COVID-19 Resource Center

COVID-19 Resource Center

Disclosures: Bell reports no relevant financial disclosures.
May 05, 2020
3 min read

Does SARS-CoV-2 cause Kawasaki disease in children?

by Michael J. Bell, MD

Disclosures: Bell reports no relevant financial disclosures.
You've successfully added to your alerts. You will receive an email when new content is published.

Click Here to Manage Email Alerts

We were unable to process your request. Please try again later. If you continue to have this issue please contact

Michael J. Bell

Kawasaki disease was first characterized in the late 1960s and was previously called “mucocutaneous lymph node disease.” Recently, hospitals in several countries have reported children with Kawasaki-like symptoms possibly associated with COVID-19. We have seen a few cases at my hospital, and they can be quite challenging.

The etiology of Kawasaki disease (KD) has never been fully known. Several aspects point to an infectious cause, including the relatively short nature of the acute illness (which mimics other viral infections of childhood) and the geographic nature of outbreaks where a number of cases is identified in a city or town. It occurs in children aged older than 3 months — suggesting that there might be maternal antibodies that are protective in the youngest infants. And it does not happen to adults — suggesting that adults may have already been exposed to the pathogen and therefore do not get the disease.

However, some experts have argued that a number of the characteristics are not related to infection. For example, children of Asian heritage have a much higher incidence compared with other races or ethnicities. And although there are outbreaks in regions, these outbreaks tend not to be in the same household or same day care centers — again, implying that infection with a virus or something else alone is insufficient to cause the disease.

The symptoms of true Kawasaki disease (not associated with COVID-19) are:

  • fever for at least 5 days;
  • four of the following five features: changes in extremities (redness or swelling of palms of hands or soles of feet early in the disease, and peeling of skin on these regions later in the disease); diffuse rash, often starting on the trunk; conjunctival injection (ie, redness of the eyes) without any discharge; redness or cracking of the lips/tongue; swollen lymph nodes in the neck, often only on one side;
  • and exclusion of other causes.

These symptoms arise because medium-sized arteries become inflamed. In severe cases, patients with KD can have low blood pressure and shock — and this severe manifestation seems to be quite prevalent in the series of cases that are now being reported in Europe and in the United States that may be related to SARS-CoV-2 infection.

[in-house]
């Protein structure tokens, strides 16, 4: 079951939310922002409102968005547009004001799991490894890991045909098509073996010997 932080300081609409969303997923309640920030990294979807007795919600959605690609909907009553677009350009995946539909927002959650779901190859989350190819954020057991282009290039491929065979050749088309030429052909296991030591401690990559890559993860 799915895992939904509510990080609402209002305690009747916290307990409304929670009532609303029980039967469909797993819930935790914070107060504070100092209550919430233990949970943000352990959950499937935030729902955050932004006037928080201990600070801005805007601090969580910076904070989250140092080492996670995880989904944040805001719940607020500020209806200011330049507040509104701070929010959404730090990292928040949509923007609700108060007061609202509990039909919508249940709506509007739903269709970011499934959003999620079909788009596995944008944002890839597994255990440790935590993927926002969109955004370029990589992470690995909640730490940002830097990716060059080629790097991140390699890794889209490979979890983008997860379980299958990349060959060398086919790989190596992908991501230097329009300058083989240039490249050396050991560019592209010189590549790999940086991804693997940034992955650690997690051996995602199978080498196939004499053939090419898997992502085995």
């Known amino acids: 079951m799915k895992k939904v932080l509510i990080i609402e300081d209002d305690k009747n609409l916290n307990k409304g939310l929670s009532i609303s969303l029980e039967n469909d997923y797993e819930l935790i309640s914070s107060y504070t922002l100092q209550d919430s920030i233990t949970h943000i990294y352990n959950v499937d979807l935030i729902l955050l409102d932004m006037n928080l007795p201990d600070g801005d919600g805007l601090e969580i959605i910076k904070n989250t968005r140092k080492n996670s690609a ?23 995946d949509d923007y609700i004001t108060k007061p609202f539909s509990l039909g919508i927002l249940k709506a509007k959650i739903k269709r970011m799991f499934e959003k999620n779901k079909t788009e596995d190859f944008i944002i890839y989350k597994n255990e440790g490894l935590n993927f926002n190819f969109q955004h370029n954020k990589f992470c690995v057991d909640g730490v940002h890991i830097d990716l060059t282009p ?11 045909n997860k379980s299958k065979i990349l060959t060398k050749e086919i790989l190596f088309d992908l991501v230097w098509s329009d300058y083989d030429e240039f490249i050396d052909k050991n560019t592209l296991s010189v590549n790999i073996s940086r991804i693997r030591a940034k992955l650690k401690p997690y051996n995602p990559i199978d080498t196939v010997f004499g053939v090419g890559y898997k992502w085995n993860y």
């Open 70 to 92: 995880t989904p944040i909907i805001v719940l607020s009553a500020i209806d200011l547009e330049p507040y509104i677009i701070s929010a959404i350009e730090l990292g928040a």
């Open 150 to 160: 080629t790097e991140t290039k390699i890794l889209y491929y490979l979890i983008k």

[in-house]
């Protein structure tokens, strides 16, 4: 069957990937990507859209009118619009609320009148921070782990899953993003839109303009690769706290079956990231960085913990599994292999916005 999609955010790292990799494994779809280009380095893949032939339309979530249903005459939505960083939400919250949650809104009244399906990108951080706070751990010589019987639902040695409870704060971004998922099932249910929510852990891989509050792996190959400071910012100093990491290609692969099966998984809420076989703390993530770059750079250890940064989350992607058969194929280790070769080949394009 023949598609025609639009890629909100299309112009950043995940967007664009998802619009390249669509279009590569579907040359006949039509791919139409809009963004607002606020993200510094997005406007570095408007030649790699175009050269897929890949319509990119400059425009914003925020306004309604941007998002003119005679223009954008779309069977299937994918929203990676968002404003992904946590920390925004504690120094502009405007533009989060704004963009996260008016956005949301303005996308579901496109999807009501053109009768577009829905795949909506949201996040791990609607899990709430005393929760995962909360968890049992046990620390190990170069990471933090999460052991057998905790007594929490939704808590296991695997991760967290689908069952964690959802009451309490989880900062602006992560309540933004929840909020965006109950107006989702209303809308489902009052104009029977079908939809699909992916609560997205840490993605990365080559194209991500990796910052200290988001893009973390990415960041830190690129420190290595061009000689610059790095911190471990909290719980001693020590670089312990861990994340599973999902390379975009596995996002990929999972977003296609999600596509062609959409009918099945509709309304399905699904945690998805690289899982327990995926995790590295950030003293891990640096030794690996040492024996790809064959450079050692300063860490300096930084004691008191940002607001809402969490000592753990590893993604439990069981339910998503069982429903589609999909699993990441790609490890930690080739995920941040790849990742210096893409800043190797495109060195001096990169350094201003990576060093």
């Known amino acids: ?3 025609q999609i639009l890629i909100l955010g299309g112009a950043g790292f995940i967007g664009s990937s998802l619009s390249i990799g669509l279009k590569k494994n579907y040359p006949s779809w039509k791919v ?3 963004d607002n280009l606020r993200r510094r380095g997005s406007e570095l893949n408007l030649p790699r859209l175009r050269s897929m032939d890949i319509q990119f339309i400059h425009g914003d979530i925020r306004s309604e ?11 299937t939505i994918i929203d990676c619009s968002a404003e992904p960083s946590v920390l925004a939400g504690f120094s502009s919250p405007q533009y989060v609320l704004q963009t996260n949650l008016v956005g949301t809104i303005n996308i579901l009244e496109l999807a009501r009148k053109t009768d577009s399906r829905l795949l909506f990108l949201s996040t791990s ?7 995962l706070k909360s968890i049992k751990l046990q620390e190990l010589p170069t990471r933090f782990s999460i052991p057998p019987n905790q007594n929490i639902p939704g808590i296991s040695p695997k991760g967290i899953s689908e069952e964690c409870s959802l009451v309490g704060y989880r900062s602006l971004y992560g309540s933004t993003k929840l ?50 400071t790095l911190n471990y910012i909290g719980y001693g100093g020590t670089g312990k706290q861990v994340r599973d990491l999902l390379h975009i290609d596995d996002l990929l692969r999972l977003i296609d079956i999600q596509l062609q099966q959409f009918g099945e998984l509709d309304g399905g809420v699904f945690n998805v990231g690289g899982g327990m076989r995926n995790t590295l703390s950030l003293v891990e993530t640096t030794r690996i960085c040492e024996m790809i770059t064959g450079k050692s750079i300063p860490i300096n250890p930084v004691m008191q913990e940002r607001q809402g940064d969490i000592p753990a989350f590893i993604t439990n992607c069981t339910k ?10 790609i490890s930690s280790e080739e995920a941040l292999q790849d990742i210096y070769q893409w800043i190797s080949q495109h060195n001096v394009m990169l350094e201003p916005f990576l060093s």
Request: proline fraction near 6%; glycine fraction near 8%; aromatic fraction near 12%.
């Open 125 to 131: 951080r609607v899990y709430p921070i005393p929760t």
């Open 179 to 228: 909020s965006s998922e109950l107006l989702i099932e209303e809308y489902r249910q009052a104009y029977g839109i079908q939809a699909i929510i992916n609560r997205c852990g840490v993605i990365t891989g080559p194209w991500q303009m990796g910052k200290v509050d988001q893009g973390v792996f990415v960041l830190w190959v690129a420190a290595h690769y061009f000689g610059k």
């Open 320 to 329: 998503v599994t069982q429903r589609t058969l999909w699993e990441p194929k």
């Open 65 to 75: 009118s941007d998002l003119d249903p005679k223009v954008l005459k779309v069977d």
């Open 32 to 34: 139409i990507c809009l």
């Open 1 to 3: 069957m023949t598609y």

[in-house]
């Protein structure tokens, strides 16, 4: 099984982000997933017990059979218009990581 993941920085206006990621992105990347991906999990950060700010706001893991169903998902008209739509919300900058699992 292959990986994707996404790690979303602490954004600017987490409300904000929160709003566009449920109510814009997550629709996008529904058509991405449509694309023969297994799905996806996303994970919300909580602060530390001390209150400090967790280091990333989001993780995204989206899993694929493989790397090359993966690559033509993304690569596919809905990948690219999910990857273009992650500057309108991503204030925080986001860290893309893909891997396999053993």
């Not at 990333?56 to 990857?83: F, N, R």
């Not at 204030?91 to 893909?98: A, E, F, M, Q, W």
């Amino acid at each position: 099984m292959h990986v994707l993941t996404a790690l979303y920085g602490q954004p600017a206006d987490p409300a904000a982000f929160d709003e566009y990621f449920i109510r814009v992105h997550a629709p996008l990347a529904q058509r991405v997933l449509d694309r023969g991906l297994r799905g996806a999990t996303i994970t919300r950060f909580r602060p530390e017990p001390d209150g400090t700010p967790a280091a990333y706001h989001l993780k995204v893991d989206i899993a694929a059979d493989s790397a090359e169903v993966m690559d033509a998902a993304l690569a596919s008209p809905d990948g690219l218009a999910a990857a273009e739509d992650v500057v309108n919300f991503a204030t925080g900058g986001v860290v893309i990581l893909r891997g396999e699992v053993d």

The reason why Kawasaki disease is important to diagnose is because of the possible treatment and sequelae.

Because the medium-sized arteries are inflamed in this condition, it has been known for decades that patients with KD are at risk for developing aneurysms within the arteries of the heart. In one textbook, untreated KD resulted in 25% of children with coronary artery aneurysms — which obviously puts them at risk for coronary artery events like heart attacks and ischemia as they grow up. The recommended treatment for KD (again, not related to COVID-19) is to give IV immunoglobulin. Again, because the precise mechanism of the inflammation is not known, it is not completely clear how this is helpful. But the theory behind its use is that administration of IVIG leads to decreased inflammation and a cessation of the process within the arteries. Studies have demonstrated that using this treatment leads to a significant decrease in the number of children who develop coronary artery aneurysms.


It is unclear if the SARS-CoV-2 virus, which causes COVID-19, causes “typical” Kawasaki disease or some syndrome that is only mimicking it. The European clinicians are reporting that some of their patients have developed coronary artery problems — so we suspect it is causing something as serious in the long term as normal KD. In addition, patients with COVID-19-related KD (or KD-like symptoms) have been much more severely ill. As I said earlier, the shocklike state that is pretty rare in true KD is certainly being seen in these COVID-19 cases. So, both of these characteristics make this condition important for frontline clinicians to have in their minds as they take care of children with COVID-19.

How SARS-CoV-2 causes KD is unclear. It is clear that COVID-19 is a very inflammatory condition — with adults with COVID-19 demonstrating cardiovascular collapse and shock, significant inflammation in their lungs and other organs and a very high incidence of blood clots in the vasculature. There are fewer overall cases of COVID-19 in children at the moment. But the children we are taking care of also demonstrate quite a bit of inflammation. The fact that SARS-CoV-2 might lead to an inflammatory state that causes KD makes a lot of intuitive sense. But we need to see how all of this evolves.

Disclosures: Bell reports no relevant financial disclosures.

For more information:

Michael J. Bell, MD, is the chief of critical care medicine at Children’s National Hospital in Washington, D.C. He can be reached via Jamel Langley, MPS, at